That was how a local Liberal organizer described a growing behind-the-scenes move to replace Kathleen Wynne before the next election. It started last week with a meeting of the Liberal caucus on Thursday. Little has leaked out of that meeting except that the Premier promised she would lead the party in the 2018 election: but with her approval ratings lower than those of Dalton McGuinty when he bailed, and the pretty much universal skepticism of her plan to lower hydro rates, the premier may be overtaken by events. The rumblings of discontent have been reaching Liberals in Hamilton for several weeks. At least two cabinet ministers or their surrogates have sent out feelers about possible support for their candidacy. The Toronto Star ran an story on the weekend, for the first time suggesting a possible departure for Wynne and listing possible successors. Todays National Post has a Kelly McPartland article speculating about a possible rebellion.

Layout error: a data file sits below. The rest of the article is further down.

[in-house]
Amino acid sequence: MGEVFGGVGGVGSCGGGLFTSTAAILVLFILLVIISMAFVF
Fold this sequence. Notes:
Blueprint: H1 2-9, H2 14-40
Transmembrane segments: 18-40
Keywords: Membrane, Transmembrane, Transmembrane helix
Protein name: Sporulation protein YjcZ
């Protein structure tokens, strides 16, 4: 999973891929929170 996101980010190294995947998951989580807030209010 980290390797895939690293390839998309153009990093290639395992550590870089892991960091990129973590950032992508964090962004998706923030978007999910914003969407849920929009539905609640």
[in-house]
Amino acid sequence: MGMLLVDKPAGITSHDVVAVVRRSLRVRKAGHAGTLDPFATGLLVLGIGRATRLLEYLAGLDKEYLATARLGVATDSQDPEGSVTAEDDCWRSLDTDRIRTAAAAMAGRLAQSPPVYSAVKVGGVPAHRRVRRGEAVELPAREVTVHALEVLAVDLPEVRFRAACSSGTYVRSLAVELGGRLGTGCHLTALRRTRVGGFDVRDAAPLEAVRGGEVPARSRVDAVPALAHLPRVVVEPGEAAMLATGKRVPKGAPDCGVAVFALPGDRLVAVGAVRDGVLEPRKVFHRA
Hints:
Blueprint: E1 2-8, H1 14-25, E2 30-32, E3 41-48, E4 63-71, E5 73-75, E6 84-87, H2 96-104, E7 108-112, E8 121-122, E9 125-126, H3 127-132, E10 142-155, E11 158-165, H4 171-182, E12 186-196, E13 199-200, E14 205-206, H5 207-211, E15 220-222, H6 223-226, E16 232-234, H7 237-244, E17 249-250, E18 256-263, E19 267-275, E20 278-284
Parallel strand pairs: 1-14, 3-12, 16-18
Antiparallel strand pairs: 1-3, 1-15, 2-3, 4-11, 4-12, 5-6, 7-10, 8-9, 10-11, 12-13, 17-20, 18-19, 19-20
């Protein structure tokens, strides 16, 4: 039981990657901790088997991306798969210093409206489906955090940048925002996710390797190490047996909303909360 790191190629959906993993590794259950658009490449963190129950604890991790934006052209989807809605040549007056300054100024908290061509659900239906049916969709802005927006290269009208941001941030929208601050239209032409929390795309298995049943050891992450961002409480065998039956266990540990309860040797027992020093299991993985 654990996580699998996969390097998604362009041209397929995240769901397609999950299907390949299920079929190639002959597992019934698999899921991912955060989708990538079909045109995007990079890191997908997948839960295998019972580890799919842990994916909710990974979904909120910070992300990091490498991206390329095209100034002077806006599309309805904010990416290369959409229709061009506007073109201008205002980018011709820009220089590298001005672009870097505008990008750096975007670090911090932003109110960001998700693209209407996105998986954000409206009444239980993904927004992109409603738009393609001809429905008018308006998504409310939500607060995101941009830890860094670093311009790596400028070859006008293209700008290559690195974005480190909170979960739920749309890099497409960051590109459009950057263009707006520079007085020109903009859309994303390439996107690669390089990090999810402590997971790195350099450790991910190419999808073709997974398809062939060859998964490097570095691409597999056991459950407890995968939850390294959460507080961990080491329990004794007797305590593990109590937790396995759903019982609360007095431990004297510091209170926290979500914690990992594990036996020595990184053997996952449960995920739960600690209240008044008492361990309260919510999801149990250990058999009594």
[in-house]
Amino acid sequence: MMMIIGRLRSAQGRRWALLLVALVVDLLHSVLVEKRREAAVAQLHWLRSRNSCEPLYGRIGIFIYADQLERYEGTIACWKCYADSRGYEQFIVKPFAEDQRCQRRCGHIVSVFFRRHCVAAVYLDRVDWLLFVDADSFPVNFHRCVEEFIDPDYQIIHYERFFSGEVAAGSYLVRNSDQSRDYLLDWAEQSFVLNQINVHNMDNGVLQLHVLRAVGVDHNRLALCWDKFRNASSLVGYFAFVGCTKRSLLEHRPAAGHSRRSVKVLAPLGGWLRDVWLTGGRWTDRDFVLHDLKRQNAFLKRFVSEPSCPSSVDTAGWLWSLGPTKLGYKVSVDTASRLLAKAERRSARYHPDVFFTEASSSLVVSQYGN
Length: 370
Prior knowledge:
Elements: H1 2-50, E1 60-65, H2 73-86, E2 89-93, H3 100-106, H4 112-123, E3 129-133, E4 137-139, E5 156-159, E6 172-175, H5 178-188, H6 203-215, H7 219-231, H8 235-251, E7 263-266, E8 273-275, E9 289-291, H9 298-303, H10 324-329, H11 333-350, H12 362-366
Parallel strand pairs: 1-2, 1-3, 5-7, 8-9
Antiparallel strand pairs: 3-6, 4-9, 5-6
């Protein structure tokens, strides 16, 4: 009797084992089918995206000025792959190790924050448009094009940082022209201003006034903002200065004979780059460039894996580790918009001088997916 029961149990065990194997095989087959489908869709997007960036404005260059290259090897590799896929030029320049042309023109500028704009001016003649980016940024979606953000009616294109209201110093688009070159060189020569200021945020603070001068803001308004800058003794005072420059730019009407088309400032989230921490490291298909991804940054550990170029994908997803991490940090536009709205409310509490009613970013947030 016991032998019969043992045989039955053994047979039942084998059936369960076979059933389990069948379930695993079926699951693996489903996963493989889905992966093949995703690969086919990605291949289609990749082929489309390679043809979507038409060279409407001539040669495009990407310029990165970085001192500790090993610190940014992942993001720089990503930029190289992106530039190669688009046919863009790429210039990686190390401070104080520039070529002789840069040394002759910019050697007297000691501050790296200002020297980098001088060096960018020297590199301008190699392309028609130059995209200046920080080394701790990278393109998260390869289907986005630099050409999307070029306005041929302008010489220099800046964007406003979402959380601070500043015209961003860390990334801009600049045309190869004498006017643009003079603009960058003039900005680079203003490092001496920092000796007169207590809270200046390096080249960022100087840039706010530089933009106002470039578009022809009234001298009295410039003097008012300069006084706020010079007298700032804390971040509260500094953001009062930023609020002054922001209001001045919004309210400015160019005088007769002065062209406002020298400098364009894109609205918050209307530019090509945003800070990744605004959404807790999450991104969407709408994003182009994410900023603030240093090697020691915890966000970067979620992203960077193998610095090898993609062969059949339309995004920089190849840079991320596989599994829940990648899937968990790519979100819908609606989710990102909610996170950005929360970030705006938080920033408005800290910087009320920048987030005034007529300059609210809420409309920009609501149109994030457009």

The question is whether any of this matters. Is it realistic to think that after 13 plus years in power the Liberals can duplicate the success they had by replacing McGuinty with Wynne? The hydro issue which is at the centre of voter dissatisfaction only serves to remind everyone about the chain of catastrophic blunders that largely started with McGuinty but which have stymied the current government.
The wild card of course is Patrick Brown whose track record as leader has been spotty. He has made it clear he does not want to get caught up in right wing social issues, but to succeed he needs to attract some attractive younger and more diverse candidates to dilute a caucus that still has too many old angry white men. Tory campaigns have self-immolated in the last two contests, and the Liberals are hoping for a three-peat. The issue is can a new leader pull it off?